Archive for the 'Directories' Category

How to Raise your Value 2

Posted By Bob Jones on June 9, 2009 @ 2:08 am
by Ian Kleine

As said, respect and service do actually raise the overall value of your goods by a good margin. If there is something that you should remember, is that it is important to interact with your customer with as much enthusiasm with your subject as possible. Being that you are the proprietor and owner of your table or booth, you should be the one who exhibits the most excitement for your product. It’s like giving away your puppies to people whom you know will take care of them well enough.

Make the customer feel important. Prioritize them. Let them know that you, in the least, care about their welfare. If in any case, put their feelings and personalities above yours. The kooky part is that. We, not only have to be sellers, but we also have to function as ego boosters. Let them feel loved, wanted, and important. They will reciprocate and you will get yourself a valued client.

Of course, there is a difference between plain flattery and rotund comments. Sure, you need to be the ego booster, but have the rep to back that up. There’s no point for you to kiss up to the costumer if you are just a fibber, a tall-tale teller, someone who’s not at all that reliable. Reputation can also make or break your career here. Your client’s loyalty, your referrals, the way other customers (specifically the prospecting ones anyway).

Look out for what you wear, because it can also command the aura that you are depicting. If you would compare either a sandal-wearing guy, with sweaty arms and a greased undershirt versus a somewhat-casual guy, with a clean shave and a warm smile, you’ll have an idea who’s going to win in the customer wars.

Every little bit makes as to who you are in the eyes of the customer. It’s not a necessity that you have to wear a suit and tie, but being clean also helps with your reputation.

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Where Has the Food Gone?

Posted By Ian Kleine on May 31, 2009 @ 2:21 am
by Ian Kleine

Festival food, for the sense of argument, is very unhealthy. It’s just natural sense. When we talk about festival foods, we talk about the greasy, fatty, yucky type of edible items that when they reach our mouth, it usually leaves a shiny film all over our lips. Talk about the stuff of nightmares for anorexics and weight watchers. But, seriously, this type of unhealthiness is favored by most sellers because of the way the food cooks (it cooks so fast), the serving procedure (just dump it in a paper plate) and because its tradition (my pa has been eating this stuff way before we even were born!)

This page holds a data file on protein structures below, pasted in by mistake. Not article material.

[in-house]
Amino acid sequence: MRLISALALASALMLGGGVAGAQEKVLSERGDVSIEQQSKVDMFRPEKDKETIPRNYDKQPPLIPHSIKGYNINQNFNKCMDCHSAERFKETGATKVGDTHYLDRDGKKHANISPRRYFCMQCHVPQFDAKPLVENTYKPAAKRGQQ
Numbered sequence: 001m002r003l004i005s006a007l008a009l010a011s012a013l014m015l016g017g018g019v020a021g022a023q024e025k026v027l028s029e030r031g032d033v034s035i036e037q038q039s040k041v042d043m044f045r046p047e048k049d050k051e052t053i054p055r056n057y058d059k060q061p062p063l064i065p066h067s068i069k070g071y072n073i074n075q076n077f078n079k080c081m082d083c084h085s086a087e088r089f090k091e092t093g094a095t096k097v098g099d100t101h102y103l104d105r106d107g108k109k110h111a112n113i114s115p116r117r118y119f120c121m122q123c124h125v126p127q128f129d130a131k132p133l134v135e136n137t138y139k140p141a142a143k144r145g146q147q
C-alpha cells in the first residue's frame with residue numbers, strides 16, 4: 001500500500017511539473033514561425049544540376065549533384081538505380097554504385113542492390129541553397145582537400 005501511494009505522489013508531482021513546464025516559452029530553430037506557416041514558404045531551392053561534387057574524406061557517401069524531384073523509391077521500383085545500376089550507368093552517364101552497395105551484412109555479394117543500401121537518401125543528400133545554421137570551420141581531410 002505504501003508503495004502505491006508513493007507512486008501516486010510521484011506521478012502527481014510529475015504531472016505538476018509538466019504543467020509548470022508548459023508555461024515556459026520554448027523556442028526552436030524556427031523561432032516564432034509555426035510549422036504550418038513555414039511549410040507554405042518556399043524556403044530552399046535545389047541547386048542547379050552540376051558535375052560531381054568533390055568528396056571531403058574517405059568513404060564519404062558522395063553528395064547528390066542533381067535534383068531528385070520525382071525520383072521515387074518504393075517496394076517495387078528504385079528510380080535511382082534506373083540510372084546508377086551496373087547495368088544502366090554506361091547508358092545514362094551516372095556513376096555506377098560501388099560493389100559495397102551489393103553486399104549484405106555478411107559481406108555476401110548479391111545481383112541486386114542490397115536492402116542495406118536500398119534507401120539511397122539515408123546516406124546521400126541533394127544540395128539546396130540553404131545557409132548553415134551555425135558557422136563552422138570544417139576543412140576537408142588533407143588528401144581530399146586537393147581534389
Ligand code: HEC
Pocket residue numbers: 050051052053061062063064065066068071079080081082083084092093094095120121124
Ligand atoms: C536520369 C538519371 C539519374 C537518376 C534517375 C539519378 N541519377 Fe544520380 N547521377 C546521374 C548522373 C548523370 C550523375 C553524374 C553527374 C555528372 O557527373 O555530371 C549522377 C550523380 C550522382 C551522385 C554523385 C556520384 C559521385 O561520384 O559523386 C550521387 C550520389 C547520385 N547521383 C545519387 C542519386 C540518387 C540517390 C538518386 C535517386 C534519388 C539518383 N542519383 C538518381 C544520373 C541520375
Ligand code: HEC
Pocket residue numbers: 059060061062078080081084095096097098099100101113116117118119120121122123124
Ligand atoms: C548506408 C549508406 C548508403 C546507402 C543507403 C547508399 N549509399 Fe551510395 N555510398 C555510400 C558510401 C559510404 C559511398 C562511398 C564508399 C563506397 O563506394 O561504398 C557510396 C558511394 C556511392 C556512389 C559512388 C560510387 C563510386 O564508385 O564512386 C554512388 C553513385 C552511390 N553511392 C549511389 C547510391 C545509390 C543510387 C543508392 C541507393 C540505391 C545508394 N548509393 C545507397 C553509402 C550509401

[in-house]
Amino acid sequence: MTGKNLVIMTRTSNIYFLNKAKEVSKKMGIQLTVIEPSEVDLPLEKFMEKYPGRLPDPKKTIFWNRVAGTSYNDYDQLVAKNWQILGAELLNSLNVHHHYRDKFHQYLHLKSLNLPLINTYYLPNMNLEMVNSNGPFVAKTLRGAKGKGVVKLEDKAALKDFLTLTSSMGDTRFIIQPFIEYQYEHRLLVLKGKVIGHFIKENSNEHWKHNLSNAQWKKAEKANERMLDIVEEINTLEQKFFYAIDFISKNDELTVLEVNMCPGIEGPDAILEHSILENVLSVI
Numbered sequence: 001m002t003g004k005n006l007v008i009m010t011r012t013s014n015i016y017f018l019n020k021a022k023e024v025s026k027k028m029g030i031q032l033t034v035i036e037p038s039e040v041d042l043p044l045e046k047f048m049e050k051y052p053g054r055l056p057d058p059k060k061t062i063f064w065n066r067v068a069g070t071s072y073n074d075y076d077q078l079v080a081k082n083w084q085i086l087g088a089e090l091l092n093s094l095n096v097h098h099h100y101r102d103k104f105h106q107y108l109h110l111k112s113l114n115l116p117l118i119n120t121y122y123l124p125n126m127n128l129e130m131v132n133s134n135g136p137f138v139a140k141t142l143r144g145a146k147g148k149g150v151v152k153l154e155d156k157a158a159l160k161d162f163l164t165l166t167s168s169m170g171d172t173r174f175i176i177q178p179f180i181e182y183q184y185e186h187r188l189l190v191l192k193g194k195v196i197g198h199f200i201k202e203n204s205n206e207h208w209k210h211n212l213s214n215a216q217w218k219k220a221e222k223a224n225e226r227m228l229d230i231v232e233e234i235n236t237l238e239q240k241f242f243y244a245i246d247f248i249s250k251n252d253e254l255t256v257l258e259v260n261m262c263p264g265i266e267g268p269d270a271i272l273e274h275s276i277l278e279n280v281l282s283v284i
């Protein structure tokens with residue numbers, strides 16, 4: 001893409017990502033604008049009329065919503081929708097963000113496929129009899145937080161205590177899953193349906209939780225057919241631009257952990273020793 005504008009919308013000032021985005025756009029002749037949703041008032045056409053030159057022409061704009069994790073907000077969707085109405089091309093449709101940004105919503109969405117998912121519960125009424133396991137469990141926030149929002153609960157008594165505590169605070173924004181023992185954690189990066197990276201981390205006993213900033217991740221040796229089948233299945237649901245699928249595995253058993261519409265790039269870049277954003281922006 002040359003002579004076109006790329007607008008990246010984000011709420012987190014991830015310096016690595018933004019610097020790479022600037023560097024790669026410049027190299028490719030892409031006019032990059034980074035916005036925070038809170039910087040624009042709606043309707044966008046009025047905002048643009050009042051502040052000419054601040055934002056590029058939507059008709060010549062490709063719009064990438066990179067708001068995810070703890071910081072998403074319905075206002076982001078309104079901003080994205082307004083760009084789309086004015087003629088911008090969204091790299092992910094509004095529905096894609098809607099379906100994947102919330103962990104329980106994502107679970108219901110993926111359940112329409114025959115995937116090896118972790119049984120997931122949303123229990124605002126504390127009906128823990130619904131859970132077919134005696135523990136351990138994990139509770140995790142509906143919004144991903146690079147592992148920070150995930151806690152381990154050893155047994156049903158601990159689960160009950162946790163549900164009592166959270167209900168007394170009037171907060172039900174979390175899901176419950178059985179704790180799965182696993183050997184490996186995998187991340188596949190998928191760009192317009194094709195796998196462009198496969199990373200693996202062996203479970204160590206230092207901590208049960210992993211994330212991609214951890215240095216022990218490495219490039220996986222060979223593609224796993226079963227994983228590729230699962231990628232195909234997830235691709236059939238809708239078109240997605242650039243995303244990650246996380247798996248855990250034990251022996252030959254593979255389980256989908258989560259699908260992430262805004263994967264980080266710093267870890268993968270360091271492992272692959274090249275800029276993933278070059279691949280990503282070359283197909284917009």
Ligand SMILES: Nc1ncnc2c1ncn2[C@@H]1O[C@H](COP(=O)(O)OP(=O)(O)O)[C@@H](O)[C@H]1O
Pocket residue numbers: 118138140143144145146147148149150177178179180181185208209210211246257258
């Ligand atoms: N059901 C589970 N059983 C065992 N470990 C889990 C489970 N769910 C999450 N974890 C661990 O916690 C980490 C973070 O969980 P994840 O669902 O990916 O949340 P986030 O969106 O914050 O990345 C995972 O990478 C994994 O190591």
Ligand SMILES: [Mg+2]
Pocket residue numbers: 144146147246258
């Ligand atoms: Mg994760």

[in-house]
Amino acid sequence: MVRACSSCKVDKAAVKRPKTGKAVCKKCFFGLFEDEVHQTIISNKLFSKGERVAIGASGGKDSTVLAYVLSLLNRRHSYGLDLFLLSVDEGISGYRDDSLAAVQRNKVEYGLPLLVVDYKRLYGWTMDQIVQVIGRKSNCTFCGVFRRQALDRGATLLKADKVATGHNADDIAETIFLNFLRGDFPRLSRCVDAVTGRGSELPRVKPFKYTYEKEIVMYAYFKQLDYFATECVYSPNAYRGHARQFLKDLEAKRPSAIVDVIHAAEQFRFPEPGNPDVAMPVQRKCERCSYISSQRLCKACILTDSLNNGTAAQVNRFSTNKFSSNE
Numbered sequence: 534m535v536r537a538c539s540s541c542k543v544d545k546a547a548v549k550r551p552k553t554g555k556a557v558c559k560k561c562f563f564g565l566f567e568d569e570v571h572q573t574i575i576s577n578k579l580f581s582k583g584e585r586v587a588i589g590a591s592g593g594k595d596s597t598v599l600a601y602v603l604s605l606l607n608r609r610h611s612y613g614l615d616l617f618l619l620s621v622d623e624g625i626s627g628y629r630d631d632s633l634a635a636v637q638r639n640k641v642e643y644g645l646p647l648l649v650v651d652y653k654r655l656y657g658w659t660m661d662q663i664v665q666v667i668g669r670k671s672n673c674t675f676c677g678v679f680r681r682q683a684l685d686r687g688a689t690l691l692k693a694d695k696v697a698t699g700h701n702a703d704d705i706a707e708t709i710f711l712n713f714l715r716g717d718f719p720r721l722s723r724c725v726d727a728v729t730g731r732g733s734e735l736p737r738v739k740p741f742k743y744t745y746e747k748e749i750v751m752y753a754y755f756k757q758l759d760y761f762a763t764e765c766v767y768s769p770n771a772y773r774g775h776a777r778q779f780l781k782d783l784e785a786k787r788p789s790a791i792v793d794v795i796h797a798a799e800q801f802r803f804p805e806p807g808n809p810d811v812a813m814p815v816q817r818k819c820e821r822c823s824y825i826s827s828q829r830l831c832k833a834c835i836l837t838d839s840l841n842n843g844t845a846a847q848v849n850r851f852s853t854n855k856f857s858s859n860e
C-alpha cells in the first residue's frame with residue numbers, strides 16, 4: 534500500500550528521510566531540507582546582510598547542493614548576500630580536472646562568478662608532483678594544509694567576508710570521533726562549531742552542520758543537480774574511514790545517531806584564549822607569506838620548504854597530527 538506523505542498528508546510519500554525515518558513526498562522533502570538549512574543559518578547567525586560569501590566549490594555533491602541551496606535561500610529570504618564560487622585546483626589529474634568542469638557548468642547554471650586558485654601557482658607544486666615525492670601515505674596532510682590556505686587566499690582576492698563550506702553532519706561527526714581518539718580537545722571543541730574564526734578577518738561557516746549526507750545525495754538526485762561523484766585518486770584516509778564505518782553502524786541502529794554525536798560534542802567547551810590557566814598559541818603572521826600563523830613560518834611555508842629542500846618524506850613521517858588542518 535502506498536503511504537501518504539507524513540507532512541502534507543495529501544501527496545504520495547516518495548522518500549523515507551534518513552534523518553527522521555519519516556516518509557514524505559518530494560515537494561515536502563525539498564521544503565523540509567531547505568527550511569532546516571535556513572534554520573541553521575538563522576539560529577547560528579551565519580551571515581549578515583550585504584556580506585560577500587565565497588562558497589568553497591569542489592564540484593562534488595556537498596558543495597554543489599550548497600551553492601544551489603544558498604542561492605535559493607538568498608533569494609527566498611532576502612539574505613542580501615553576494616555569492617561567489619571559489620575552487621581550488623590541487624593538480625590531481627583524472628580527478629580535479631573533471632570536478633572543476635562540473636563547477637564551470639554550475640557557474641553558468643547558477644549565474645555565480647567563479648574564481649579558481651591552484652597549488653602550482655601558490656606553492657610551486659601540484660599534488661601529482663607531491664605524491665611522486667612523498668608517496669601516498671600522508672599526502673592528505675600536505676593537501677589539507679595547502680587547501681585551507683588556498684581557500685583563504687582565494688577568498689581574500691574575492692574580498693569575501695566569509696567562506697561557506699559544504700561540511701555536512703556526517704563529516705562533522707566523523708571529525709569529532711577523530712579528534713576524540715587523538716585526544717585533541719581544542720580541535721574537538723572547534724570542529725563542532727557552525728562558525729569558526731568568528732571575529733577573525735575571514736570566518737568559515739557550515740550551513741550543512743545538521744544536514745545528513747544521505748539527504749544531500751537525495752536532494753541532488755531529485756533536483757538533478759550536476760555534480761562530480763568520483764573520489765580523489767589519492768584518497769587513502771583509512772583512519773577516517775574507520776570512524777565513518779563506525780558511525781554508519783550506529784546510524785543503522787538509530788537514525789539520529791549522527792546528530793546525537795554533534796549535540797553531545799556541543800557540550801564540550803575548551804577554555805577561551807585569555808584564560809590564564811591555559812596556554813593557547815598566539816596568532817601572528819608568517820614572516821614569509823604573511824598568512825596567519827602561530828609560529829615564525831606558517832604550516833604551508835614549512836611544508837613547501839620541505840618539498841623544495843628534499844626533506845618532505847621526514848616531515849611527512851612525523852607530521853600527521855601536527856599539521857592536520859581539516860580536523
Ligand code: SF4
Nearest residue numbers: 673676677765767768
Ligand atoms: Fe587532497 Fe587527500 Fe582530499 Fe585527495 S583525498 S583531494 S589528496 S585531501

The other spectrum of festival food is the amount of sugar they usually incorporate into it. Most of the kids end up being severely sugar-rushed, overly hyper active and quite well overweight. It’s kind of a scary situation when you think about it. We, the people ourselves, are injecting so much sugar (and god knows what other sweeteners are out there) into our kid’s foods. Well, point is they’re enjoying right? And it is just a one-time deal.

No. This atrocity to the facade of festival food must stop. It is a shame, that as a country that should be promoting the idea of fitness, wellness and good life, is subjected to this inward slavery to fat, sugars and obesity.

We are not saying that obese people are bad and fit people are good, but we are saying that festivals represent all the good things about life, and if the food is one that could promote long-term disaster and unhealthiness, I don’t see why anyone would stand for this sort of unaccepted irony.

Truth of the matter, is that most people are satisfied with just the things that really don’t matter to them. Or things that they think won’t affect them in the long run. But I think it’ll do. Sooner or later.

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Maple: Syrup and Sweets

Posted By Ian Kleine on May 21, 2009 @ 2:50 am
by Ian Kleine

This symbol of sugary goodness cannot be helped but associated with Vermont. Maple syrup is a world-known sweetener derived from the sap of maple trees, those that grow well in good numbers in the forests and mountains of Vermont. Maple syrup is often served with waffle and pancakes around the US and in Canada.

It is also used for baking and making candy, for desserts or as an alternative source of sugar and as a flavoring agent for beer. The most prevalent form of sugar in maple syrup is actually sucrose, since fructose is less visible in non-fruit trees. Sucrose is also the more prevalent form of sugar in sugar cane and beets.

Maple syrup production is centered usually around the northern parts of America, associated with Quebec in Canada and the state of Vermont as the main producers of this sweet delicacy. Maple syrup can be obtained with the right and correct weather conditions. The trees most tapped for their sap is the sugar maple and the black maple, with a high sugar content of roughly two percent. The sap is tapped from the bark, delivered and sent to local sugar houses for syrup production.

Traditionally, the sap is harvested by tapping, a process of producing incisions in the bark to allow the sap to drip. The sap is directed to run into buckets which are collected daily and then stored in a larger container. Some sugar houses use plastic pipelines in contrast to buckets, and only small-scale sugar houses and homes use the bucket method nowadays.